Figure 3

Bootstrap derived sampling distribution of the 100-year peak flow at Kingston upon Thames.

Figure 3

Bootstrap derived sampling distribution of the 100-year peak flow at Kingston upon Thames.

Faulkner & Jones (1999) and Burn (2003) applied a balanced resampling approach where, in place of steps 1 and 2 above, the AMAX series is repeated M times, permuted and split into M samples. The balanced resampling ensures that each value in the AMAX series appears an equal number of times in the union of resampled datasets. For this study, balanced resampling was compared with random resampling by calculating the single site QMED fse applying both methods to each of the 545 AMAX series twice (providing four distributions of fse). A Kruskal–Wallis test found no significant difference between the four fse samples (p-value = 0.86). To maintain intersite correlation within the pooled group, Burn (2003) also applied vector resampling, whereby each year across the AMAX series in a pooling group, is resampled together. Intersite dependence within a pooling group increases the uncertainty in comparison to the same pooling group with no dependence. This is because there is less information when deriving the L-moment ratios. Conversely, calculations of uncertainty would appear to decrease. To see why we can take an extreme example where every site in a pooling group is perfectly correlated. The L-CV and L-SKEW would be the same for each site (there would be less variance), but the sample size has remained the same. The standard error is a function of variance and sample size and is decreased by a reduction in variance or a larger sample size. Therefore, a pooling group with perfectly correlated sites provides no more confidence in our growth curve estimation than one of the sites alone, but an estimation of uncertainty would appear to decrease in comparison. Maintaining intersite dependence within the bootstrapping procedure underestimates the uncertainty for groups with dependence, as does non-vectorised bootstrapping. Fundamentally, intersite dependence undermines the benefits of RFA, hence Hosking & Wallis (1997, p. 8) list independence at different sites as an assumption of the index flood-based RFA. Thankfully, no bias is caused by a violation of this independence assumption and no two AMAX samples within a pooling group will be perfectly correlated. Therefore, the addition of a further site (assumed to have the same scaled distribution as the subject site) to a pooling group, will always provide useful information. However, it would be sensible to consider highly dependent catchments when forming the pooling group, because replacing a catchment with high dependence with an independent site will reduce the uncertainty. In this study, random resampling has been applied and the estimation of fse error assumes intersite independence.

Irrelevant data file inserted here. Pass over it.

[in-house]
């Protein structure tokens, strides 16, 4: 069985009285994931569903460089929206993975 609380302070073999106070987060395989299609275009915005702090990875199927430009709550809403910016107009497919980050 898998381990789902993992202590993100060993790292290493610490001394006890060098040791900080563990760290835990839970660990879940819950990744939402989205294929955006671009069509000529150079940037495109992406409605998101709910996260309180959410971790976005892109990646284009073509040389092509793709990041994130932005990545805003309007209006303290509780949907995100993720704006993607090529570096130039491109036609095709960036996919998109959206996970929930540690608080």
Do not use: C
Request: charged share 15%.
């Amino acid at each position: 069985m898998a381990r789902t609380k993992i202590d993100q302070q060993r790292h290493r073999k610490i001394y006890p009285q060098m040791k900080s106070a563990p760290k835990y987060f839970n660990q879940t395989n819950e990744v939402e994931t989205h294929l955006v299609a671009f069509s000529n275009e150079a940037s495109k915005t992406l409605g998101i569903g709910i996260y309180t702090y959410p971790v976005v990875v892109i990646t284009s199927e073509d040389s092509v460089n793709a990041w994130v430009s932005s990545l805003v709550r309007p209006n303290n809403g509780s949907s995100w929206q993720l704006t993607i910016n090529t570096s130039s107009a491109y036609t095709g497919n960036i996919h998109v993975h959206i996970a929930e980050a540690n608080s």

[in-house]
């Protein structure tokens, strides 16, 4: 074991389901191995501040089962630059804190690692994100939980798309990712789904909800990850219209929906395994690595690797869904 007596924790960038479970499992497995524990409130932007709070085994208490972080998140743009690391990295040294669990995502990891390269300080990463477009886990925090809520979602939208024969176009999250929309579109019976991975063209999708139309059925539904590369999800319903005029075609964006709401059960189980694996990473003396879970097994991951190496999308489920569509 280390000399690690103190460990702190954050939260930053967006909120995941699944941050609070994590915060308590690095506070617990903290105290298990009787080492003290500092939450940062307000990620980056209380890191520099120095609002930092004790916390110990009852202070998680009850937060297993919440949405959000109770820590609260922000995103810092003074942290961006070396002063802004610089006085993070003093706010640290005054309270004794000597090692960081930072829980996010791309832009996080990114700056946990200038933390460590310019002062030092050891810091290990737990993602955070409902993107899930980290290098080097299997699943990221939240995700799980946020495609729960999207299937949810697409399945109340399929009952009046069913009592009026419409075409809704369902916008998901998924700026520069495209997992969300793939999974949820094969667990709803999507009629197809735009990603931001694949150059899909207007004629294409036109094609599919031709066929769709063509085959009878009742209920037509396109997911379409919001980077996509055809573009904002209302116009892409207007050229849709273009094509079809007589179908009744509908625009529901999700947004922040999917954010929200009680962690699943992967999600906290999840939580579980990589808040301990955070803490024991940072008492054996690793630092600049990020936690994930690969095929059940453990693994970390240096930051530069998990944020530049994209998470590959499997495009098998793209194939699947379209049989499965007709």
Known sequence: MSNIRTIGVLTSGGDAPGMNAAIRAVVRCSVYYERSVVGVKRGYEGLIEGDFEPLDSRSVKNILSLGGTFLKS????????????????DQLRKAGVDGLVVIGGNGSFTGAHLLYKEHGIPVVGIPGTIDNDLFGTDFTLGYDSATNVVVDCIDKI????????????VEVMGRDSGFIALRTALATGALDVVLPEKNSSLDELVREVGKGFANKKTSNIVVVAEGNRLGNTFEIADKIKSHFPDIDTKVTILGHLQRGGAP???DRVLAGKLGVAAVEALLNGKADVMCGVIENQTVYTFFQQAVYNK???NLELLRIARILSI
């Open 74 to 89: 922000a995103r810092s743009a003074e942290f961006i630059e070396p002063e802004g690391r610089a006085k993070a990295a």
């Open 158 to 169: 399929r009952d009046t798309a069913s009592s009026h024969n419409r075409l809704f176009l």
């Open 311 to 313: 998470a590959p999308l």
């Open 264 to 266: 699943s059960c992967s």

THE METHOD FOR UNGAUGED CATCHMENTS

The general approach described by Kjeldsen (2015) for calculating fse (Equation (4)) has been applied here for ungauged QMED estimates. The only difference being that the variance subtracted to account for the single site error in Equation (4) was calculated by bootstrapping rather than Monte Carlo simulation. Therefore, within Equation (4) for this study, m is the number of catchments, is the QMED estimate, QT is the SS observed QMED, and var{ε2} is variance of the at-site estimate and was calculated by bootstrapping the AMAX samples 500 times.
formula
(4)
The sampling distribution for an ungauged QMED estimate can be approximated by assuming a normally distributed sampling distribution, which is defined by the log-transformed QMED estimate as the mean, and the log-transformed fse as the standard deviation. The exponential of this distribution provides the sampling distribution (see Equation (5)) and will provide the same confidence intervals as derived by Equation (2).
formula
(5)
For example, the ungauged QMED estimate for catchment 58006 (chosen at random) using the QMED regression equation (Environment Agency 2008) provides a result of 75.3 m3/s. Using the associated fse of Dixon et al. (2017) of 1.46, the 68% intervals are 51.58 and 110 (using Equation (2)). Considering the sampling distribution of Equation (5), confidence intervals can also be derived as Equation (6) with the same result.
formula
(6)

This approach to approximating the ungauged QMED estimate sampling distribution is used as part of the process for calculating fse for UG pooling analysis. For calculating the fse for a UG pooled estimate, the following steps were applied (where N equals 500):

  • 1.

    Bootstrap each site of the pooling group individually to create N new samples of the same size

  • 2.

    Create N new pooling groups from the bootstrapped samples of each site

  • 3.

    Undertake a weighted (based on pooling group weightings) random selection of a single site from each of the N pooling groups and calculate the growth factor for each

  • 4.

    Sample from the QMED sampling distribution (Equation (5)) N times

  • 5.

    Multiply the results of step 4 by the results of step 3 to derive N estimates which approximates the sampling distribution

  • 6.

    Apply Equation (3) to the results of step 5 to derive the fse.